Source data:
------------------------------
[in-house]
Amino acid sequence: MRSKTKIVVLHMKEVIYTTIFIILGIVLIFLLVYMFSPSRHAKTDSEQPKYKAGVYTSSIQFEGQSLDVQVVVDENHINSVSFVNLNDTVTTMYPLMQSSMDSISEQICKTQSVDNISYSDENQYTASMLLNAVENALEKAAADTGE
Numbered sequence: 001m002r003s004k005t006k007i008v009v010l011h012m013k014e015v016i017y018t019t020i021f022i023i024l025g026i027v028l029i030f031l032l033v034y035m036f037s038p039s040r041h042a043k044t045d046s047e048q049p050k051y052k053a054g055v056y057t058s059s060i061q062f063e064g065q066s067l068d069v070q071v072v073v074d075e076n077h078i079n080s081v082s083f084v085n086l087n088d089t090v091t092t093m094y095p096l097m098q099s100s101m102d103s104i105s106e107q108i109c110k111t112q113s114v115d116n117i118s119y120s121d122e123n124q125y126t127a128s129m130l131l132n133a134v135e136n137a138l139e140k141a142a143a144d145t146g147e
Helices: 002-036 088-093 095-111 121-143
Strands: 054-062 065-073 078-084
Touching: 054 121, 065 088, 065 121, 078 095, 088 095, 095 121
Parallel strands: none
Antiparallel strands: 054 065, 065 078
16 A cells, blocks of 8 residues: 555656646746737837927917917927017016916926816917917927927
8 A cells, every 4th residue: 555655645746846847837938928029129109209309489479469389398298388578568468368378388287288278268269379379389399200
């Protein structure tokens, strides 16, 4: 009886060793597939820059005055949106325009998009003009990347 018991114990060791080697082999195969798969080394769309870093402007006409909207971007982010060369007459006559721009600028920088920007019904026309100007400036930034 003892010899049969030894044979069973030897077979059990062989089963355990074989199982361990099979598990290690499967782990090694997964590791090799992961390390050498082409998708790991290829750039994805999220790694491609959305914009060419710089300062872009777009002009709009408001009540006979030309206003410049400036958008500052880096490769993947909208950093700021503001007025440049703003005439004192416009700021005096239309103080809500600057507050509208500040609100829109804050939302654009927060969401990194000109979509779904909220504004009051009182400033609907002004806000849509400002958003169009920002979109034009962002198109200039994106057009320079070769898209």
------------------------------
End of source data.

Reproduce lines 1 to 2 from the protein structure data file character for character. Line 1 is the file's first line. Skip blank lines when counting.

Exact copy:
[in-house]
Amino acid sequence: MRSKTKIVVLHMKEVIYTTIFIILGIVLIFLLVYMFSPSRHAKTDSEQPKYKAGVYTSSIQFEGQSLDVQVVVDENHINSVSFVNLNDTVTTMYPLMQSSMDSISEQICKTQSVDNISYSDENQYTASMLLNAVENALEKAAADTGE